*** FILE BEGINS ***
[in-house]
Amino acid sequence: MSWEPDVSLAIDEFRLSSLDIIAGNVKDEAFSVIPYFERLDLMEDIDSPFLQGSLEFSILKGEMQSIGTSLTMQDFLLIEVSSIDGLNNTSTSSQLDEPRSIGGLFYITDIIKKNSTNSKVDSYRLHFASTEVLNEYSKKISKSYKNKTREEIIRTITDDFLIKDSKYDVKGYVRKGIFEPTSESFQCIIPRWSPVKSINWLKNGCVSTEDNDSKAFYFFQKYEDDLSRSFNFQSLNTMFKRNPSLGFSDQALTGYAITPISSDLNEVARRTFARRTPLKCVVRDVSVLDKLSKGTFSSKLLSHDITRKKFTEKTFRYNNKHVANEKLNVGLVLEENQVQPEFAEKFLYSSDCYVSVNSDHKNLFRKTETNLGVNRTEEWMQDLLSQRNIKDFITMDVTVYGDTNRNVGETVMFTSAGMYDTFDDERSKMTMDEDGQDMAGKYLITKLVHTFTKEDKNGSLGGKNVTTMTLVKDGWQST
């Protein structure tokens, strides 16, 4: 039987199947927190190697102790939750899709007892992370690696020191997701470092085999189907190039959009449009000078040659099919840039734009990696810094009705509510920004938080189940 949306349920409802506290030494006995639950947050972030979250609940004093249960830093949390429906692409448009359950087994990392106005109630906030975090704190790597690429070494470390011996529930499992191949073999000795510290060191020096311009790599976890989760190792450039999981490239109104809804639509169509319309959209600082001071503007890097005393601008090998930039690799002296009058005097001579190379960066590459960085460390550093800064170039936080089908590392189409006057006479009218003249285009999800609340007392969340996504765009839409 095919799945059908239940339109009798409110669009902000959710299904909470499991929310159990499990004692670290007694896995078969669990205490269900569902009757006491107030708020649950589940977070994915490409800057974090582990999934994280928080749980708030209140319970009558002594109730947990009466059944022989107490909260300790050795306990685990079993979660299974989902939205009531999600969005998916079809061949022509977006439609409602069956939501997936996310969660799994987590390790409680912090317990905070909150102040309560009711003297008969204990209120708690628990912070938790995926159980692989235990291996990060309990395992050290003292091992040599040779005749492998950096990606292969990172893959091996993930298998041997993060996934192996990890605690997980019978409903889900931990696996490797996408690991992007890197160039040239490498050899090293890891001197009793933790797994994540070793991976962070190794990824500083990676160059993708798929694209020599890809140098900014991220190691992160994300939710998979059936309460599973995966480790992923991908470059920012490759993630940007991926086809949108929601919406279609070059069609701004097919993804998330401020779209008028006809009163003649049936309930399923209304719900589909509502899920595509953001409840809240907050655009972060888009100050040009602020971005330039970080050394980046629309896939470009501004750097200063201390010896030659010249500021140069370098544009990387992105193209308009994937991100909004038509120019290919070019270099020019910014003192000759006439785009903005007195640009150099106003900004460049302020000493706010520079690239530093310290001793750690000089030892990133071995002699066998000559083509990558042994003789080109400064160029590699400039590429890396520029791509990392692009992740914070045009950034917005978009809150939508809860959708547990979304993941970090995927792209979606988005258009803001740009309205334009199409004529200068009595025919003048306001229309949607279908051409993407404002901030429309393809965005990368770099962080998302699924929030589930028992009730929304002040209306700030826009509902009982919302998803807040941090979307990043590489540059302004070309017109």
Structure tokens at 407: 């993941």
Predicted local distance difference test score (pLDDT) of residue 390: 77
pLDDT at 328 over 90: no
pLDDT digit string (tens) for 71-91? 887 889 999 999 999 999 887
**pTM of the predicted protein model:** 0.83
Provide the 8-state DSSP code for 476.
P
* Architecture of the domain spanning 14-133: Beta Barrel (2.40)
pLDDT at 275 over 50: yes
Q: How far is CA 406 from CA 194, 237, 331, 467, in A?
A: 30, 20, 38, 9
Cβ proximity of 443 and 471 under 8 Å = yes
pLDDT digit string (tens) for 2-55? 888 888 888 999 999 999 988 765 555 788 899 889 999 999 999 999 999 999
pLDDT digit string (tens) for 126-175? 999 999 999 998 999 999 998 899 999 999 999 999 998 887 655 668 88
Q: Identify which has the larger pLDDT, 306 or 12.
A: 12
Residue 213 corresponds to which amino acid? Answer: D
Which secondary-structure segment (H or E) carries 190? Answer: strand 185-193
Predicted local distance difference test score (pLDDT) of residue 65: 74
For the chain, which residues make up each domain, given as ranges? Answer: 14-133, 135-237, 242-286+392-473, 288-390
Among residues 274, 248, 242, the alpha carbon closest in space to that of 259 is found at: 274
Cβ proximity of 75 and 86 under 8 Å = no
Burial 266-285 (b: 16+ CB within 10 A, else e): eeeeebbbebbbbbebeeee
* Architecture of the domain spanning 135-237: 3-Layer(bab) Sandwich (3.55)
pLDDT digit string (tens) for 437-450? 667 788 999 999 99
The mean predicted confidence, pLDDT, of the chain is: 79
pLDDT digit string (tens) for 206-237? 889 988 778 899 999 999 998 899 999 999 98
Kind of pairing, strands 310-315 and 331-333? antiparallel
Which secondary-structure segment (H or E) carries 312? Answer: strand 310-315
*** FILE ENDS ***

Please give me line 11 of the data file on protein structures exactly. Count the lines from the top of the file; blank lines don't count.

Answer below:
* Architecture of the domain spanning 14-133: Beta Barrel (2.40)